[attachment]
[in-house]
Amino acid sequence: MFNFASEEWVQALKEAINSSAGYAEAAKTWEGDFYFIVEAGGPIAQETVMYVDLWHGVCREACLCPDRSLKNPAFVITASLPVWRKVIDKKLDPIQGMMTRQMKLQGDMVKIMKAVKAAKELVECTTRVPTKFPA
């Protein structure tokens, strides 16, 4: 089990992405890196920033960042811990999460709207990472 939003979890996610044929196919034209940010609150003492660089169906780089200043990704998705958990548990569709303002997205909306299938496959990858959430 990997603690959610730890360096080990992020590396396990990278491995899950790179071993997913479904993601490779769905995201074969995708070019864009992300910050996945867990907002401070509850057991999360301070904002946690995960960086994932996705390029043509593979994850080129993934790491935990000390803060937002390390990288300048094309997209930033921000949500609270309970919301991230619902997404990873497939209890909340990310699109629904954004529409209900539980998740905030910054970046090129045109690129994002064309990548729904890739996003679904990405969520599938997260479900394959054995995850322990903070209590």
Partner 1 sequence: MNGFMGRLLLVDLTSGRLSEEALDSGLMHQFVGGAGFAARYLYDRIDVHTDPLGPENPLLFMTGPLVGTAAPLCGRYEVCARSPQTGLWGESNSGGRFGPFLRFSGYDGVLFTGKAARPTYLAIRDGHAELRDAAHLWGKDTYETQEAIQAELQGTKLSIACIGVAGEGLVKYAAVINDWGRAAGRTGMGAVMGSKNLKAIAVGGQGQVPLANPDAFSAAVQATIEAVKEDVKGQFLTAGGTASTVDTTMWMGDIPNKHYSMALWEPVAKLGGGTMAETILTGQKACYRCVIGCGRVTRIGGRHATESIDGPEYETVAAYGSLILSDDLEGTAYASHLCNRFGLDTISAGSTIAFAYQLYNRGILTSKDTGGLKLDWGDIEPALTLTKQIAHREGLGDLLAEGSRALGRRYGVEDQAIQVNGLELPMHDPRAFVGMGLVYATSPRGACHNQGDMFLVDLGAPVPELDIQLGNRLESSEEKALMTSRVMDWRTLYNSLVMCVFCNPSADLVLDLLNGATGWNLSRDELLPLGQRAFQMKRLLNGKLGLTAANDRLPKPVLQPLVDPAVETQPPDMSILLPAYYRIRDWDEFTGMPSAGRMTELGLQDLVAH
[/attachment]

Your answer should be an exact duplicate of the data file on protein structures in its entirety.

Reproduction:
[in-house]
Amino acid sequence: MFNFASEEWVQALKEAINSSAGYAEAAKTWEGDFYFIVEAGGPIAQETVMYVDLWHGVCREACLCPDRSLKNPAFVITASLPVWRKVIDKKLDPIQGMMTRQMKLQGDMVKIMKAVKAAKELVECTTRVPTKFPA
């Protein structure tokens, strides 16, 4: 089990992405890196920033960042811990999460709207990472 939003979890996610044929196919034209940010609150003492660089169906780089200043990704998705958990548990569709303002997205909306299938496959990858959430 990997603690959610730890360096080990992020590396396990990278491995899950790179071993997913479904993601490779769905995201074969995708070019864009992300910050996945867990907002401070509850057991999360301070904002946690995960960086994932996705390029043509593979994850080129993934790491935990000390803060937002390390990288300048094309997209930033921000949500609270309970919301991230619902997404990873497939209890909340990310699109629904954004529409209900539980998740905030910054970046090129045109690129994002064309990548729904890739996003679904990405969520599938997260479900394959054995995850322990903070209590």
Partner 1 sequence: MNGFMGRLLLVDLTSGRLSEEALDSGLMHQFVGGAGFAARYLYDRIDVHTDPLGPENPLLFMTGPLVGTAAPLCGRYEVCARSPQTGLWGESNSGGRFGPFLRFSGYDGVLFTGKAARPTYLAIRDGHAELRDAAHLWGKDTYETQEAIQAELQGTKLSIACIGVAGEGLVKYAAVINDWGRAAGRTGMGAVMGSKNLKAIAVGGQGQVPLANPDAFSAAVQATIEAVKEDVKGQFLTAGGTASTVDTTMWMGDIPNKHYSMALWEPVAKLGGGTMAETILTGQKACYRCVIGCGRVTRIGGRHATESIDGPEYETVAAYGSLILSDDLEGTAYASHLCNRFGLDTISAGSTIAFAYQLYNRGILTSKDTGGLKLDWGDIEPALTLTKQIAHREGLGDLLAEGSRALGRRYGVEDQAIQVNGLELPMHDPRAFVGMGLVYATSPRGACHNQGDMFLVDLGAPVPELDIQLGNRLESSEEKALMTSRVMDWRTLYNSLVMCVFCNPSADLVLDLLNGATGWNLSRDELLPLGQRAFQMKRLLNGKLGLTAANDRLPKPVLQPLVDPAVETQPPDMSILLPAYYRIRDWDEFTGMPSAGRMTELGLQDLVAH